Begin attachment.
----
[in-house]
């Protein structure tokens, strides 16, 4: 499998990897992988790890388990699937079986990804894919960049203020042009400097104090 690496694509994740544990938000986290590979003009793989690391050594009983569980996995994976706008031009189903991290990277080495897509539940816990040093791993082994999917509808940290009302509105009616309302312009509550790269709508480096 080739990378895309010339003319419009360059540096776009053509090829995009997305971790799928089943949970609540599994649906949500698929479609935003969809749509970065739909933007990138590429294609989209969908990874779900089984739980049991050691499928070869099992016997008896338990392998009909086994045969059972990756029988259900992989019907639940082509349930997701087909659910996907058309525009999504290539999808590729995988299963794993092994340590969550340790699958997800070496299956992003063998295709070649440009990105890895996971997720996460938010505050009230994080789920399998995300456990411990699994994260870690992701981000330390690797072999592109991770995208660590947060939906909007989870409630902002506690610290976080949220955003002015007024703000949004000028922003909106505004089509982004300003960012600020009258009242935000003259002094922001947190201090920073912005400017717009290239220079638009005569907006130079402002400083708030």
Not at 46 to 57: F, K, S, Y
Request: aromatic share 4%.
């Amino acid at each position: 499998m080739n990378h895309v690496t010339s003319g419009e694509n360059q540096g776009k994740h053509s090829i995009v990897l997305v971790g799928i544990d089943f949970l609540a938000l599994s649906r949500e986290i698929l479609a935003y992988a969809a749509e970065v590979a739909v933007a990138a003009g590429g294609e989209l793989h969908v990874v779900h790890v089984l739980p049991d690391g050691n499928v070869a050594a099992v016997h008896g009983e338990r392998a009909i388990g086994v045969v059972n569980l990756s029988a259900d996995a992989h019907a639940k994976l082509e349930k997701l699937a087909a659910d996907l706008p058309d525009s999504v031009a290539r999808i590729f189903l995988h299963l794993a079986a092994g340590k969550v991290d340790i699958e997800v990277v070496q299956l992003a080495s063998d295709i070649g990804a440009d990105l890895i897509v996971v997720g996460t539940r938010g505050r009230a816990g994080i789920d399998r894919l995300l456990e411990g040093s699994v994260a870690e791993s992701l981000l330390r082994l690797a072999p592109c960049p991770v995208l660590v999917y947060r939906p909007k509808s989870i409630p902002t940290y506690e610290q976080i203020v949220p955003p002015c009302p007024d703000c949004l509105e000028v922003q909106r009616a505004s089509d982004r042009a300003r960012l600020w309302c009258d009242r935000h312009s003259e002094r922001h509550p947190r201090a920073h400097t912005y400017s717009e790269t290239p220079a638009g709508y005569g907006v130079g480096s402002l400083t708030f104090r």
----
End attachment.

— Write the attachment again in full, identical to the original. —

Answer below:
[in-house]
């Protein structure tokens, strides 16, 4: 499998990897992988790890388990699937079986990804894919960049203020042009400097104090 690496694509994740544990938000986290590979003009793989690391050594009983569980996995994976706008031009189903991290990277080495897509539940816990040093791993082994999917509808940290009302509105009616309302312009509550790269709508480096 080739990378895309010339003319419009360059540096776009053509090829995009997305971790799928089943949970609540599994649906949500698929479609935003969809749509970065739909933007990138590429294609989209969908990874779900089984739980049991050691499928070869099992016997008896338990392998009909086994045969059972990756029988259900992989019907639940082509349930997701087909659910996907058309525009999504290539999808590729995988299963794993092994340590969550340790699958997800070496299956992003063998295709070649440009990105890895996971997720996460938010505050009230994080789920399998995300456990411990699994994260870690992701981000330390690797072999592109991770995208660590947060939906909007989870409630902002506690610290976080949220955003002015007024703000949004000028922003909106505004089509982004300003960012600020009258009242935000003259002094922001947190201090920073912005400017717009290239220079638009005569907006130079402002400083708030």
Not at 46 to 57: F, K, S, Y
Request: aromatic share 4%.
């Amino acid at each position: 499998m080739n990378h895309v690496t010339s003319g419009e694509n360059q540096g776009k994740h053509s090829i995009v990897l997305v971790g799928i544990d089943f949970l609540a938000l599994s649906r949500e986290i698929l479609a935003y992988a969809a749509e970065v590979a739909v933007a990138a003009g590429g294609e989209l793989h969908v990874v779900h790890v089984l739980p049991d690391g050691n499928v070869a050594a099992v016997h008896g009983e338990r392998a009909i388990g086994v045969v059972n569980l990756s029988a259900d996995a992989h019907a639940k994976l082509e349930k997701l699937a087909a659910d996907l706008p058309d525009s999504v031009a290539r999808i590729f189903l995988h299963l794993a079986a092994g340590k969550v991290d340790i699958e997800v990277v070496q299956l992003a080495s063998d295709i070649g990804a440009d990105l890895i897509v996971v997720g996460t539940r938010g505050r009230a816990g994080i789920d399998r894919l995300l456990e411990g040093s699994v994260a870690e791993s992701l981000l330390r082994l690797a072999p592109c960049p991770v995208l660590v999917y947060r939906p909007k509808s989870i409630p902002t940290y506690e610290q976080i203020v949220p955003p002015c009302p007024d703000c949004l509105e000028v922003q909106r009616a505004s089509d982004r042009a300003r960012l600020w309302c009258d009242r935000h312009s003259e002094r922001h509550p947190r201090a920073h400097t912005y400017s717009e790269t290239p220079a638009g709508y005569g907006v130079g480096s402002l400083t708030f104090r």